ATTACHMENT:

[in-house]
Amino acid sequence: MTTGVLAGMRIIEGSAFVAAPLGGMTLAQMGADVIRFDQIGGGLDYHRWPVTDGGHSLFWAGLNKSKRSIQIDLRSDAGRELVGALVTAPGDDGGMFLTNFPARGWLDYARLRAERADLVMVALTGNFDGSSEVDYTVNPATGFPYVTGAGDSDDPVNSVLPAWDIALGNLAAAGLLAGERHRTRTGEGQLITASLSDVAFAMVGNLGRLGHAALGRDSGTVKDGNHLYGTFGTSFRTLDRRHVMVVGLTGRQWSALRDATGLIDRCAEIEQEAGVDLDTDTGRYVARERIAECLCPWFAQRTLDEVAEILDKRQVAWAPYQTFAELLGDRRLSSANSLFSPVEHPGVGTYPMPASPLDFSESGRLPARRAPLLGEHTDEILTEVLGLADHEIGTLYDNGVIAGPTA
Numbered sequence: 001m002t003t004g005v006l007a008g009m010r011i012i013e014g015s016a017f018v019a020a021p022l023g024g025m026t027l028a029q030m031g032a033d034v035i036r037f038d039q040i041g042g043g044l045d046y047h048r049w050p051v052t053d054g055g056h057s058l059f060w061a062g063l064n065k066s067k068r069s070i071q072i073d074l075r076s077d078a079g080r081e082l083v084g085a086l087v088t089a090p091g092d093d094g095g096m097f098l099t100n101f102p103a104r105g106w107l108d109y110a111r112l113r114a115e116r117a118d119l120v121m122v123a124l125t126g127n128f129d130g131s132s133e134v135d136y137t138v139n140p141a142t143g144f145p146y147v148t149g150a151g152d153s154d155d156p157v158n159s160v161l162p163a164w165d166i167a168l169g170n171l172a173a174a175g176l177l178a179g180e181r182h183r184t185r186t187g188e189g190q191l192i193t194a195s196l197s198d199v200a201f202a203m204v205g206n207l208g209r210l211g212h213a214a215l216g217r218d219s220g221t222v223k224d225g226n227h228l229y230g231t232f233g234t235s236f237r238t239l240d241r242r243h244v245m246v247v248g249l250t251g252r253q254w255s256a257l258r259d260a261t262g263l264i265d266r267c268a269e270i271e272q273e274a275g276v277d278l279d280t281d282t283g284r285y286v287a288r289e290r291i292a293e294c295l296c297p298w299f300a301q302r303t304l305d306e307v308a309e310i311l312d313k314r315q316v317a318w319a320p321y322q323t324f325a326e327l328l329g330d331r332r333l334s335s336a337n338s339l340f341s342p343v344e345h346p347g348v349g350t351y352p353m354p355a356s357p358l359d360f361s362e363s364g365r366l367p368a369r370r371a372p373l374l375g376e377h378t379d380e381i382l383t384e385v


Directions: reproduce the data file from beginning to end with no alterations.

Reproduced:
[in-house]
Amino acid sequence: MTTGVLAGMRIIEGSAFVAAPLGGMTLAQMGADVIRFDQIGGGLDYHRWPVTDGGHSLFWAGLNKSKRSIQIDLRSDAGRELVGALVTAPGDDGGMFLTNFPARGWLDYARLRAERADLVMVALTGNFDGSSEVDYTVNPATGFPYVTGAGDSDDPVNSVLPAWDIALGNLAAAGLLAGERHRTRTGEGQLITASLSDVAFAMVGNLGRLGHAALGRDSGTVKDGNHLYGTFGTSFRTLDRRHVMVVGLTGRQWSALRDATGLIDRCAEIEQEAGVDLDTDTGRYVARERIAECLCPWFAQRTLDEVAEILDKRQVAWAPYQTFAELLGDRRLSSANSLFSPVEHPGVGTYPMPASPLDFSESGRLPARRAPLLGEHTDEILTEVLGLADHEIGTLYDNGVIAGPTA
Numbered sequence: 001m002t003t004g005v006l007a008g009m010r011i012i013e014g015s016a017f018v019a020a021p022l023g024g025m026t027l028a029q030m031g032a033d034v035i036r037f038d039q040i041g042g043g044l045d046y047h048r049w050p051v052t053d054g055g056h057s058l059f060w061a062g063l064n065k066s067k068r069s070i071q072i073d074l075r076s077d078a079g080r081e082l083v084g085a086l087v088t089a090p091g092d093d094g095g096m097f098l099t100n101f102p103a104r105g106w107l108d109y110a111r112l113r114a115e116r117a118d119l120v121m122v123a124l125t126g127n128f129d130g131s132s133e134v135d136y137t138v139n140p141a142t143g144f145p146y147v148t149g150a151g152d153s154d155d156p157v158n159s160v161l162p163a164w165d166i167a168l169g170n171l172a173a174a175g176l177l178a179g180e181r182h183r184t185r186t187g188e189g190q191l192i193t194a195s196l197s198d199v200a201f202a203m204v205g206n207l208g209r210l211g212h213a214a215l216g217r218d219s220g221t222v223k224d225g226n227h228l229y230g231t232f233g234t235s236f237r238t239l240d241r242r243h244v245m246v247v248g249l250t251g252r253q254w255s256a257l258r259d260a261t262g263l264i265d266r267c268a269e270i271e272q273e274a275g276v277d278l279d280t281d282t283g284r285y286v287a288r289e290r291i292a293e294c295l296c297p298w299f300a301q302r303t304l305d306e307v308a309e310i311l312d313k314r315q316v317a318w319a320p321y322q323t324f325a326e327l328l329g330d331r332r333l334s335s336a337n338s339l340f341s342p343v344e345h346p347g348v349g350t351y352p353m354p355a356s357p358l359d360f361s362e363s364g365r366l367p368a369r370r371a372p373l374l375g376e377h378t379d380e381i382l383t384e385v